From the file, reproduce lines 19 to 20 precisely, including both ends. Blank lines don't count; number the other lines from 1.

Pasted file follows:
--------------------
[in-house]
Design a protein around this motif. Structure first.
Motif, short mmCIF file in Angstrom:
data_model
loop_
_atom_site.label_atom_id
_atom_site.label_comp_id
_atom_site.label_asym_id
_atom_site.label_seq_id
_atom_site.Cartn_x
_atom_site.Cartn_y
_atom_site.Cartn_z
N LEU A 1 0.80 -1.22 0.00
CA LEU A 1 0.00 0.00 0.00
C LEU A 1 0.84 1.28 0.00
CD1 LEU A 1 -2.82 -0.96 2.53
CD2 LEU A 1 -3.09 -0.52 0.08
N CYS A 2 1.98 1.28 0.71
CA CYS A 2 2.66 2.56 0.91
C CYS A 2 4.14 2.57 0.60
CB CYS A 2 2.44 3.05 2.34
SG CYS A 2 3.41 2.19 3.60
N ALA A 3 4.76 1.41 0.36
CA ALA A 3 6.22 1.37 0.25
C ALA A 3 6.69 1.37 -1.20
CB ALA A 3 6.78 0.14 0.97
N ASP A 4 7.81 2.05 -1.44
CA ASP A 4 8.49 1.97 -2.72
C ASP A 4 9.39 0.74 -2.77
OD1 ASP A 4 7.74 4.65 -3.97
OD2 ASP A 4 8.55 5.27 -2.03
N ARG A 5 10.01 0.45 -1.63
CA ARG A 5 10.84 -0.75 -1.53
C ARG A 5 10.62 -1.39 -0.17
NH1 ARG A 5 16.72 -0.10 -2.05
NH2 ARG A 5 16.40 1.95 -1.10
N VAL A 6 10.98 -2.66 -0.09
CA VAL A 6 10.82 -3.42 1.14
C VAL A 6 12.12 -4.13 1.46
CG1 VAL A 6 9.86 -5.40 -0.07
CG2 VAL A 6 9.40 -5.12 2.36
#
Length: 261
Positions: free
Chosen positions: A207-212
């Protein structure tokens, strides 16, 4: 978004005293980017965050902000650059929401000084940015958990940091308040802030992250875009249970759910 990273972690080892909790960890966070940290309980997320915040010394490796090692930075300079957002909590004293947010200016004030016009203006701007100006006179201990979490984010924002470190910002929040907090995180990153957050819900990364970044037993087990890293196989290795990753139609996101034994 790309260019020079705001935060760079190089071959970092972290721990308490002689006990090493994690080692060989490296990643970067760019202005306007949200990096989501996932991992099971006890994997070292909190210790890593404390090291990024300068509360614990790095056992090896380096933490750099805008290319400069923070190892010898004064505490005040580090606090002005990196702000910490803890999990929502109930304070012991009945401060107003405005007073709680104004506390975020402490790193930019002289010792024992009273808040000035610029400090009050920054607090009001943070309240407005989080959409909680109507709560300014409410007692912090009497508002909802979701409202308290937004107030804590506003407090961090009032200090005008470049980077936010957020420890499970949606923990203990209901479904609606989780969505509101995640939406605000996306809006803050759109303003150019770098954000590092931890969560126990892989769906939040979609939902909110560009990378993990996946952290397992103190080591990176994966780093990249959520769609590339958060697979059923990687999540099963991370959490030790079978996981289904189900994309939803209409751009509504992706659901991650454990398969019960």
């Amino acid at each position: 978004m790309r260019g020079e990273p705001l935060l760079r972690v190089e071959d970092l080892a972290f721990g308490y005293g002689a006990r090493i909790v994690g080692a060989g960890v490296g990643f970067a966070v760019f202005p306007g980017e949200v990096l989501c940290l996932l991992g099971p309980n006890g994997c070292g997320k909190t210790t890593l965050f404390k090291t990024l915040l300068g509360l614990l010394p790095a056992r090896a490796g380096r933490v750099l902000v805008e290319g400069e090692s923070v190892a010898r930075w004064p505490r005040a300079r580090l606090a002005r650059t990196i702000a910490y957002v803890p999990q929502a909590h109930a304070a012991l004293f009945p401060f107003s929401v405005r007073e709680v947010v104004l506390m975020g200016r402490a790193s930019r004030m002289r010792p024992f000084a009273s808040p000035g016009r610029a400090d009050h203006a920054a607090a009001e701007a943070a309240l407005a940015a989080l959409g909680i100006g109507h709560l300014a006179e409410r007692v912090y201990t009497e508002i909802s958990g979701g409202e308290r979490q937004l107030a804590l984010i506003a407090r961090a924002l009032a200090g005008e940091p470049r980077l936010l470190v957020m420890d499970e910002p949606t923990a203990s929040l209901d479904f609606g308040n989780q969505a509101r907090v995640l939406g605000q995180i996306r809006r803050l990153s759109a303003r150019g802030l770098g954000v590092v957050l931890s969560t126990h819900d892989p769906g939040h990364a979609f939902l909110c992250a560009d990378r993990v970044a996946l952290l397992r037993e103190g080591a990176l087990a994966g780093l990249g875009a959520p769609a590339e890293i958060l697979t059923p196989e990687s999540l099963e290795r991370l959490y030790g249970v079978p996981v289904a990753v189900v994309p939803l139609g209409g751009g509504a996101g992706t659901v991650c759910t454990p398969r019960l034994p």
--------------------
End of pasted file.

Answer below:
CA CYS A 2 2.66 2.56 0.91
C CYS A 2 4.14 2.57 0.60